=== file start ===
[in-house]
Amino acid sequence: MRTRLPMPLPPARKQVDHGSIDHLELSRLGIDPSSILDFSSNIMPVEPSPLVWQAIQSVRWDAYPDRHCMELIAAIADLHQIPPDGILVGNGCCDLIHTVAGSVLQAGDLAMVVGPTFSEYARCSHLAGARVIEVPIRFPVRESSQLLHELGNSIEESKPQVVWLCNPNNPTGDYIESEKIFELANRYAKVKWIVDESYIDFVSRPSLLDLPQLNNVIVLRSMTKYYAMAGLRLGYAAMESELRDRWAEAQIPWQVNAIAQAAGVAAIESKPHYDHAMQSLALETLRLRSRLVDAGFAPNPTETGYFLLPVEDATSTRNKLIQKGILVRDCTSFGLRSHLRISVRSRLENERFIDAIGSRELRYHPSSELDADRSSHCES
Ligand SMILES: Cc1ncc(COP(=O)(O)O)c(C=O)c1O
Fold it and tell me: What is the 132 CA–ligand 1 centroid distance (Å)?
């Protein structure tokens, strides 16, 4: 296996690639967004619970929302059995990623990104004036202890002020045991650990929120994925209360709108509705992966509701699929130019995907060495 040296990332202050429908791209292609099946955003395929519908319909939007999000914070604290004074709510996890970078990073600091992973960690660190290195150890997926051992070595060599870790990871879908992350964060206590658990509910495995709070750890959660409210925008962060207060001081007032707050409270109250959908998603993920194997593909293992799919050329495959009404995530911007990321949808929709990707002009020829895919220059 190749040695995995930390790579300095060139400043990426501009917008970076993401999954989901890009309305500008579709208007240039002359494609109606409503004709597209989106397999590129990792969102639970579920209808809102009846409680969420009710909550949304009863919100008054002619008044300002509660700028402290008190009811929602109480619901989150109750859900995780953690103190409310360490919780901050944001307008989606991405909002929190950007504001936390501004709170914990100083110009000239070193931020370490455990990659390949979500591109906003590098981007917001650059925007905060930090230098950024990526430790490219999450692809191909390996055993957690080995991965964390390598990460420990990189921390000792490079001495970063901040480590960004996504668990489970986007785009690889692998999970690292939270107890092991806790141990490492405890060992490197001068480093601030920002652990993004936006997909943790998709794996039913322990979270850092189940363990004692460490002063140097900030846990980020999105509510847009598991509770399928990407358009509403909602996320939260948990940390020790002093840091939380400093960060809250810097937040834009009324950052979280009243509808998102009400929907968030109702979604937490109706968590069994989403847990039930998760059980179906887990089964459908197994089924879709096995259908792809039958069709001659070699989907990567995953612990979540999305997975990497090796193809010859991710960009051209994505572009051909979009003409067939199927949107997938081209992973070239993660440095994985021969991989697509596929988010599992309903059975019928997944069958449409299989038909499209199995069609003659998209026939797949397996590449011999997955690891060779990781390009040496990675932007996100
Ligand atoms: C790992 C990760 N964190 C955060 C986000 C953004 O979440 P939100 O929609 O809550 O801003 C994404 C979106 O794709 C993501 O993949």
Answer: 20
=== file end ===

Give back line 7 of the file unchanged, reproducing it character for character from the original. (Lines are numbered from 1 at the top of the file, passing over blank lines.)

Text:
Answer: 20